Why Me?

EVERY special needs mom has thought this, said this, prayed this at some point.  It’s human nature to wonder why something so unusual, so challenging, so beyond the norm, would befall me.  What did I do to deserve this? Why would God think I could handle this? Why can’t I just have normal stuff happen to me and my family?

Asking “why” doesn’t make me a bad person. It doesn’t mean I don’t want to have a child with special needs.  It just means I wish I could understand what God sees in this situation.  I don’t know your story, but I have good news – I can answer your “why”. Continue reading

SOLES FOR HAITI

I am so excited to share with you about my upcoming trip to Haiti!!! I will be visiting a very special ministry, called Footprints of The Son.  Footprints is a school and outreach for children with special needs.  The Ministry goes far beyond education, and encompasses the health and well-being of the student, plus care for the family members who have chosen the difficult path of raising a child with special needs in an impoverished and challenging environment.  The idea of a mom, grandma, aunt or sibling caring for a disabled child in such a difficult place has changed me forever.  As I ponder my own struggles to raise an exceptional child, in this great country, with the many resources and blessings that we have at our disposal, my heart aches for those who face much more impossible odds than I can imagine.  Please read my posts Special Priviledge and  Why Me  for more about WHY this ministry is so important to me.

So I’ve decided to visit them! To take the same message of joy, peace and hope for special needs parents that I write about here, to these sweet ones in Haiti.  But in addition to the words, I want to take something tangible to the families and parents that will bless their daily life.  The request I received was for Flip Flops! Yes, the same flip flops that we wear a few times and lose at the beach, or leave laying around.  They are the shoe of choice for adults in Haiti, and a good pair is hard to come by.  So I will be taking 150 pair of new, high-quality, durable flip flops to distribute to all the caregivers of the 80+ students at Footprints of the Son!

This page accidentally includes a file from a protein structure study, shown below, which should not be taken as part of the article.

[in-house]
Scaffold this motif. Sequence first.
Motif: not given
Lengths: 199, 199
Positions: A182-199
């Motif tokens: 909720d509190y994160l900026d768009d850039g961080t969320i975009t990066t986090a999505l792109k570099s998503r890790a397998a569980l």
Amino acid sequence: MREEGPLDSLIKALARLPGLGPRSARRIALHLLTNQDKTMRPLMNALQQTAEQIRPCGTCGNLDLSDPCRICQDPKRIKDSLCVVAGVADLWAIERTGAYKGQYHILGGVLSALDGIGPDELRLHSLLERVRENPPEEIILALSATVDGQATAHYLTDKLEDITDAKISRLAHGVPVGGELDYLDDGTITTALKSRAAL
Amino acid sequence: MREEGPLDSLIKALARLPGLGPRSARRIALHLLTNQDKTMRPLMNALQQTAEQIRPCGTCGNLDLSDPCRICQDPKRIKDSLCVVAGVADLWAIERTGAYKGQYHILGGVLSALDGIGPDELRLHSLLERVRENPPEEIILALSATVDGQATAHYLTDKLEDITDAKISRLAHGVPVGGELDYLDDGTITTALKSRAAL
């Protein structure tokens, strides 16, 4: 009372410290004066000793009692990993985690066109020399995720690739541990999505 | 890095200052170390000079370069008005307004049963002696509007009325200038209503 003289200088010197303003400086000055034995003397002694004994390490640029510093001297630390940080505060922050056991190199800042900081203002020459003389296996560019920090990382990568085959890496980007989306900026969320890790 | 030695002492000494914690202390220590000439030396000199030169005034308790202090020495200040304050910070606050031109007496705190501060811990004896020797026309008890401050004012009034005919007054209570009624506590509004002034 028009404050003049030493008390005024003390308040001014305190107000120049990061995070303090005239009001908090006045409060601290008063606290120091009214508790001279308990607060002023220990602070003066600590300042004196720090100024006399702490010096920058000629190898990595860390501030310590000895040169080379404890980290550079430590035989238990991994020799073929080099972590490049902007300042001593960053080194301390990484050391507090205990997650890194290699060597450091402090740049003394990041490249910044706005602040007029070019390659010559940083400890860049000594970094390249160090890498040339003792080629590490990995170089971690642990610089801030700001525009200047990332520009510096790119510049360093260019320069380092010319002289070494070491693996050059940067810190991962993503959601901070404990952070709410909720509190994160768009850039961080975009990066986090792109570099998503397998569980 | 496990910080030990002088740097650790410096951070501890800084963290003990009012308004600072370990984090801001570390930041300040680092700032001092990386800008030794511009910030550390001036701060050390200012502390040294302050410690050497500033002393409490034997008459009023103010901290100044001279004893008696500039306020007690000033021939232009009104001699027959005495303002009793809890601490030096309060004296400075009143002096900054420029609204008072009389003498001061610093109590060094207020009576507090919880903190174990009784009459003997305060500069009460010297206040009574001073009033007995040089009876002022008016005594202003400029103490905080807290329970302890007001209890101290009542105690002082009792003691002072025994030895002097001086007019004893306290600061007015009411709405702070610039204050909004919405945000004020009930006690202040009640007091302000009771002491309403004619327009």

I NEED YOUR HELP!
 I would like you to send me a pair (or two) of flip flops for my trip!

  • They should be durable and new.
  • Men’s or Women’s adult sizes 7-10.
  • Recommended stores: Old Navy, Gap, Walmart & Target
  •  Drop them in a bubble padded envelope and send them through the US Mail for just a couple of bucks!
  • Mail them BY END OF AUGUST
  • Melanie Gomez, 18331 Pines Blvd, #200, Pembroke Pines, FL 33029

Any questions or other information you need – please post it in the form of a comment at the bottom of this post and I will get right back to you ūüôā Thank your friends!